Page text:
We have also come to this hallowed spot to remind America of the fierce urgency of Now. This is no time to engage in the luxury of cooling off or to take the tranquilizing drug of gradualism. Now is the time to make real the promises of democracy. Now is the time to rise from the dark and desolate valley of segregation to the sunlit path of racial justice. Now is the time to lift our nation from the quicksands of racial injustice to the solid rock of brotherhood. Now is the time to make justice a reality for all of God’s children.

It would be fatal for the nation to overlook the urgency of the moment. This sweltering summer of the Negro’s legitimate discontent will not pass until there is an invigorating autumn of freedom and equality. Nineteen sixty-three is not an end, but a beginning. And those who hope that the Negro needed to blow off steam and will now be content will have a rude awakening if the nation returns to business as usual. And there will be neither rest nor tranquility in America until the Negro is granted his citizenship rights. The whirlwinds of revolt will continue to shake the foundations of our nation until the bright day of justice emerges.

But there is something that I must say to my people, who stand on the warm threshold which leads into the palace of justice: In the process of gaining our rightful place, we must not be guilty of wrongful deeds. Let us not seek to satisfy our thirst for freedom by drinking from the cup of bitterness and hatred. We must forever conduct our struggle on the high plane of dignity and discipline. We must not allow our creative protest to degenerate into physical violence. Again and again, we must rise to the majestic heights of meeting physical force with soul force.

The marvelous new militancy which has engulfed the Negro community must not lead us to a distrust of all white people, for many of our white brothers, as evidenced by their presence here today, have come to realize that their destiny is tied up with our destiny. And they have come to realize that their freedom is inextricably bound to our freedom.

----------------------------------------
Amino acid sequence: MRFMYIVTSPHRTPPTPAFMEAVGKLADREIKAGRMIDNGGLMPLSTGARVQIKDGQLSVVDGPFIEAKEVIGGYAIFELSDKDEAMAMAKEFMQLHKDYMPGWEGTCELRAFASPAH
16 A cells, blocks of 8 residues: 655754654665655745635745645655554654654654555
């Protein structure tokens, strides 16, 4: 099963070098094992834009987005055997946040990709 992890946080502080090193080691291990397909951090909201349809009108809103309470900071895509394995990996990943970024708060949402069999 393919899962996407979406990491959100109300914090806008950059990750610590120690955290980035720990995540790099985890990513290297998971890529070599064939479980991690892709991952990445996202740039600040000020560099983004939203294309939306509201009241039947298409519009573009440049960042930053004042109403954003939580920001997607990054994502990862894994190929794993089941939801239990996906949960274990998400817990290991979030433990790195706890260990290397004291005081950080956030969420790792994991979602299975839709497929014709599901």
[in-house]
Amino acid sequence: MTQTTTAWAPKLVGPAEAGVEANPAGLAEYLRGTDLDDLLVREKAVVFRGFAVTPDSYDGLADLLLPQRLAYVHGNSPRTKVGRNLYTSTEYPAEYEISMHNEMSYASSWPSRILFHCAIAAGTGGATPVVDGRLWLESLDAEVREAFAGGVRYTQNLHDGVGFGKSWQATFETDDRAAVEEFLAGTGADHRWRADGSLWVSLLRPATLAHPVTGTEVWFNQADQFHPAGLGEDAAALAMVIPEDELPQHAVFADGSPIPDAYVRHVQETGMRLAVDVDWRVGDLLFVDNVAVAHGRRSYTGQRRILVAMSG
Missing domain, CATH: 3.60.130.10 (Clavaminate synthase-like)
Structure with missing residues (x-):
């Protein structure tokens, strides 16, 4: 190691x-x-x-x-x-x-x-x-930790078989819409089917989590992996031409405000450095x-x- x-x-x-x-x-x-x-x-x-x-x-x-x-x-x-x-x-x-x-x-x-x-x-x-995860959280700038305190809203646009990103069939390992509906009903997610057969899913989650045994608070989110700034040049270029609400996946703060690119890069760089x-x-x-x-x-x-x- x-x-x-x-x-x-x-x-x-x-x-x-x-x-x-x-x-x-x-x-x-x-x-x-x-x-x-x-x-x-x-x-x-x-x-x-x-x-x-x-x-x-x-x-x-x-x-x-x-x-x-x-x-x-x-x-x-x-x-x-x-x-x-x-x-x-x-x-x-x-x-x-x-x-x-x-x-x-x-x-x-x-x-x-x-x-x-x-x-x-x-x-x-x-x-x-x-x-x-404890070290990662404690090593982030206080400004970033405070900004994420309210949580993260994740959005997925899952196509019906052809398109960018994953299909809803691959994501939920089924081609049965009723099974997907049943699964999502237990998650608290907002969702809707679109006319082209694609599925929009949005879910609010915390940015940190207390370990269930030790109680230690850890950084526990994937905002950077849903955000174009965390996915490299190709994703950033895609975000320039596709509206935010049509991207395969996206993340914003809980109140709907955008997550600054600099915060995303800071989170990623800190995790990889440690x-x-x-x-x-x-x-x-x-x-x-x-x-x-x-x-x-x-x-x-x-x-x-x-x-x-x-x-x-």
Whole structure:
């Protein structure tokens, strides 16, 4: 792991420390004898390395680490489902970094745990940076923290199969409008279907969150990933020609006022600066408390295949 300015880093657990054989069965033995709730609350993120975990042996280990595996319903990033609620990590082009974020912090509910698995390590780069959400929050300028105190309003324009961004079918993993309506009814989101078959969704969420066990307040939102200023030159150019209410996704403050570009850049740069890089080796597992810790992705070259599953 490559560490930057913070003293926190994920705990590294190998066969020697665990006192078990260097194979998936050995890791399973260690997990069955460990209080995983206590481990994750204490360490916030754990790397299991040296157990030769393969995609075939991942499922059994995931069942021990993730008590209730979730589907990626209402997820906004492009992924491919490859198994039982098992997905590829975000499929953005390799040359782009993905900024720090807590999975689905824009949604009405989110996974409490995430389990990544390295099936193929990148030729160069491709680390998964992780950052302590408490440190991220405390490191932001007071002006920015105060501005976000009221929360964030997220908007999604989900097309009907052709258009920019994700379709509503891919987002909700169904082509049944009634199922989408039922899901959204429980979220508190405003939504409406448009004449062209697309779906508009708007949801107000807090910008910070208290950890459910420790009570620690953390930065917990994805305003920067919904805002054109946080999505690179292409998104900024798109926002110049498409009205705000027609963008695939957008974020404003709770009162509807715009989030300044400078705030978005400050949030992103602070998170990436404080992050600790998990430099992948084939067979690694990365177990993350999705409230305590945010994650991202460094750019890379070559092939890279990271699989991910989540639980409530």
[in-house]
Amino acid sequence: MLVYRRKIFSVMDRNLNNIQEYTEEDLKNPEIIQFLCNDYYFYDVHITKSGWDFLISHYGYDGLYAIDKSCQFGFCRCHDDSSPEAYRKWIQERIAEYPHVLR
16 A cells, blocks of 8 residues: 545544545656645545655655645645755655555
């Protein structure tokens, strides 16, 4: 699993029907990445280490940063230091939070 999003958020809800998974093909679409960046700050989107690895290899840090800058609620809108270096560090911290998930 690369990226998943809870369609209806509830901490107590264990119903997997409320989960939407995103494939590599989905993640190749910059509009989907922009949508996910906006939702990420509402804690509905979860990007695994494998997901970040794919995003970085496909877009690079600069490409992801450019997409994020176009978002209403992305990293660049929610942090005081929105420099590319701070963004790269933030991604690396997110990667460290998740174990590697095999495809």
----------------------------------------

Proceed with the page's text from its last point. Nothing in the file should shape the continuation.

We cannot walk alone.

And as we walk, we must make the pledge that we shall always march ahead.

We cannot turn back.

There are those who are asking the devotees of civil rights, “When will you be satisfied?” We can never be satisfied as long as the Negro is the victim of the unspeakable horrors of police brutality. We can never be satisfied as long as our bodies, heavy with the fatigue of travel, cannot gain lodging in the motels of the highways and the hotels of the cities. *We cannot be satisfied as long as the negro’s basic mobility is from a smaller ghetto to a larger one. We can never be satisfied as long as our children are stripped of their self-hood and robbed of their dignity by signs stating: “For Whites Only.”* We cannot be satisfied as long as a Negro in Mississippi cannot vote and a Negro in New York believes he has nothing for which to vote. No, no, we are not satisfied, and we will not be satisfied until “justice rolls down like waters, and righteousness like a mighty stream.”

I am not unmindful that some of you have come here out of great trials and tribulations. Some of you have come fresh from narrow jail cells. And some of you have come from areas where your quest — quest for freedom left you battered by the storms of persecution and staggered by the winds of police brutality. You have been the veterans of creative suffering. Continue to work with the faith that unearned suffering is redemptive. Go back to Mississippi, go back to Alabama, go back to South Carolina, go back to Georgia, go back to Louisiana, go back to the slums and ghettos of our northern cities, knowing that somehow this situation can and will be changed.

Let us not wallow in the valley of despair, I say to you today, my friends.

And so even though we face the difficulties of today and tomorrow, I still have a dream. It is a dream deeply rooted in the American dream.

I have a dream that one day this nation will rise up and live out the true meaning of its creed: “We hold these truths to be self-evident, that all men are created equal.”

I have a dream that one day on the red hills of Georgia, the sons of former slaves and the sons of former slave owners will be able to sit down together at the table of brotherhood.

I have a dream that one day even the state of Mississippi, a state sweltering with the heat of injustice, sweltering with the heat of oppression, will be transformed into an oasis of freedom and justice.